Responsibilities, resignations, retributions

Yet again we see industry calls for responsibility in office from those who regulate. Last month’s news that somebody in authority at the FCA had set in motion a market crash in provider firms shares, and should be seen to carry the can for failure on their watch, could be seen as a breath of fresh air.

But is it the right person in the frame? And who will decide?

The FCA has agreed to a rethink of its investigation into the release by a senior regulator of market-sensitive information, after being accused of“marking its own homework”.

TSC chairman Andrew Tyrie somewhat damningly said of the revised review:“It is crucial – now that the FCA’s non-executive directors have commissioned this inquiry – that neither they nor the board play any further role until Mr Davis (Clifford Chance) has completed his final report.

Hector Sants told the TSC he was not responsible for any failures of the organisation since 2007 saying” the failures in the last decade, both conduct and prudential, come from a wide variety of sources” but vitally not from him.

Martin Wheatley has not exactly leapt to defend Clive Adamson from what I have read and I am not sure if  “Nothing to do with me mate” would be a credible TSC defence.

What we seem to be lacking in society today is some leadership by way of acceptance of a sense of moral responsibility at least for the failings of an organisation they head up when something goes wrong that was within their stewardship.

I do not think we in the industry have witnessed that- yet!

Lord Adair Turner, once described by Kelvin McKenzie as “he of the ten-dollar haircut and the ten cent brain” arrived at the TSC telling them that making a regulator accountable would place a financial burden on the industry.

Why is it that those in an unelected position of power and authority fail to see that an element of responsibility should attach to that power? As Bernard Shaw once observed, “those who have once been intoxicated with power, and have derived any kind of emolument from it, even though but for one year, can never willingly abandon it”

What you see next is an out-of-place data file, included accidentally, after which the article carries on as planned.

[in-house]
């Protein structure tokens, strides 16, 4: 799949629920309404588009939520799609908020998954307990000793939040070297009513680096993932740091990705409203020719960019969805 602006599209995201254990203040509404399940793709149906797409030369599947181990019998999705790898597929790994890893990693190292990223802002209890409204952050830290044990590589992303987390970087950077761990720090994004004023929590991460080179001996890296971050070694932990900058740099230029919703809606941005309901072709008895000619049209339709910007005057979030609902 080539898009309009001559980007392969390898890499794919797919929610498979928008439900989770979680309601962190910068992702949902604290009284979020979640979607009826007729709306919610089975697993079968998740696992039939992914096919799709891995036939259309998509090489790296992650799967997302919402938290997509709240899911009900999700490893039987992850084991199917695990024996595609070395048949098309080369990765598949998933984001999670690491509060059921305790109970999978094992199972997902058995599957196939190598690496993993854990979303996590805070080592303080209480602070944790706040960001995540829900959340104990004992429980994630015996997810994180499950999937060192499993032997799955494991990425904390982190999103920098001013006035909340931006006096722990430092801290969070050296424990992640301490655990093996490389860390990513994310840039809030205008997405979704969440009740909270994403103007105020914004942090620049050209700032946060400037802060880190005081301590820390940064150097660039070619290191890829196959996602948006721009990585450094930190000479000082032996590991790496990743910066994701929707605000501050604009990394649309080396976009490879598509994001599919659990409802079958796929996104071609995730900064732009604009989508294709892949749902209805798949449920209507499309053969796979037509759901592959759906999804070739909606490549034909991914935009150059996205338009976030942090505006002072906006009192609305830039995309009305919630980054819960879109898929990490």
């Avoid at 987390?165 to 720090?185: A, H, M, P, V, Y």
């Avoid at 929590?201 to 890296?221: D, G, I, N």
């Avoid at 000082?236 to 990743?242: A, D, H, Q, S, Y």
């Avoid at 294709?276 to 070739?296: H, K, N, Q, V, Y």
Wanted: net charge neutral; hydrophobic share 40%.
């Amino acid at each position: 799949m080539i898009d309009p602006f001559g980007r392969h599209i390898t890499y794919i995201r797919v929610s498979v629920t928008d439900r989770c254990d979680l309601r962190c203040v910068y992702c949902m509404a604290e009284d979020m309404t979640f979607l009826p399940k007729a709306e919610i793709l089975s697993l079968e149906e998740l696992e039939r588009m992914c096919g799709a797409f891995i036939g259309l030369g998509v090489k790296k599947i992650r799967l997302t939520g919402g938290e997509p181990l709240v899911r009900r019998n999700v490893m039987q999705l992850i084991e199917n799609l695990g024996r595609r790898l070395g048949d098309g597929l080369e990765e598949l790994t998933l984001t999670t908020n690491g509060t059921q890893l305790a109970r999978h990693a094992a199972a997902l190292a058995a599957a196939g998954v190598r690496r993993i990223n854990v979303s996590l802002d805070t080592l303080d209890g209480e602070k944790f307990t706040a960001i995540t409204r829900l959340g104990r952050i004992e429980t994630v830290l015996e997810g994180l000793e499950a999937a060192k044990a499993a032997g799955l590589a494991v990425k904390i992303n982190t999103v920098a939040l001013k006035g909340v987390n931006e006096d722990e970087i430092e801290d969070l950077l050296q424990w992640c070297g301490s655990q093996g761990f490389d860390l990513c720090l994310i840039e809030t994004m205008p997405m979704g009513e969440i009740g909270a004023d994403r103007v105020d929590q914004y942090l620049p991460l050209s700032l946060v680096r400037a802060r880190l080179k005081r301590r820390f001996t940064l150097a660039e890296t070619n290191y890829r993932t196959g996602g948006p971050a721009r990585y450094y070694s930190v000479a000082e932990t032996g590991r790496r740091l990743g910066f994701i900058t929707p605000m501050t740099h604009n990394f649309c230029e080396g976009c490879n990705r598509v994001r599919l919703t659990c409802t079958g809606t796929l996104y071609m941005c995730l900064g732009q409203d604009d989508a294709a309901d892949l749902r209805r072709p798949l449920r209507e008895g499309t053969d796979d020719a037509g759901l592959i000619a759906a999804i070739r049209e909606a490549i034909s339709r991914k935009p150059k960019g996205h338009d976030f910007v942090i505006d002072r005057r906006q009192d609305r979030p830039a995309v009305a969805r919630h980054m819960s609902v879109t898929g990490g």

Those who regulate must carry responsibility too because if there is no fear or sanction attaching to you doing “something really stupid, possibly knowing it was really stupid”, then all confidence is lost.

Shaw was right, “Power does not corrupt men; fools, however, if they get into a position of power, corrupt power”.

Just as an afterthought, an adviser sent me this last week from a CPD test, as he wisely observed, there should be an option 5- None at all.

Take That!

Who’s been a naughty boy then?

Gary Barlow is the latest potential gong returnee joining an ever lengthening line of celebrity ‘victims’ being hung out to dry for ‘sins various’, all determined by a baying social media fuelled mob and on this occasion under the direction of one Margaret Hodge MP, that self proclaimed leader of the tax paying great and the good.

Yes, that same multi-millionaire former Labour minister Margaret Hodge, who faced questions in November 2010 over the limited tax paid by Stemcor, the steel trading company of which she is a shareholder and which was founded by her father and is run by her brother.

Analysis of Stemcor’s accounts by the Daily Telegraph in their edition of 10thNovember 2012 reported that the business paid tax of just £163,000 on revenues of more than £2.1billion in 2011.

There is a growing trend in UKplc for the so-called ‘vulnerable’ and dispossessed social minority to exert undemocratic control over the enfranchised majority. It would seem that to get your voice heard and action taken today you should belong to a minority group of some sort, preferably with questionable ethnic, religious or ethical agendas ideally funded with government grants.

What did Gary do?

He and other bandmates invested in 2012, it is alleged, at least £26 million in what was referred to as an ‘aggressive tax avoidance scheme’, putting money into two partnerships, run by Icebreaker Management, styled as music-industry investment schemes, according to reports.

Judge Bishopp, in a High Court ruling, declared that the partnerships set up by Icebreaker Management were to secure tax relief for members, and HMRC is now expected to demand repayment.

Take That’s lawyers insisted the band mates believed the investments were legitimate enterprises and that all four named paid “significant tax”.

Most wealthy individuals got to be just that with a little talent, some good luck and an awful lot of specialist professional support looking for the best ways to secure and grow their wealth, no matter how it was obtained.

Mr. Barlow is, I suspect, only guilty of taking financial advice to best invest his millions and avoidance, no matter how aggressive is not illegal.

Let’s keep an eye on FSCS defaults in the coming months if his financial adviser finds him or herself in the firing line from Mr. B’s legal team.

I think there are plenty of others who should be higher up the ‘Return your gong’ list; perhaps you would like to suggest some.

Shall we start with Sir Hector?

What goes around as they say………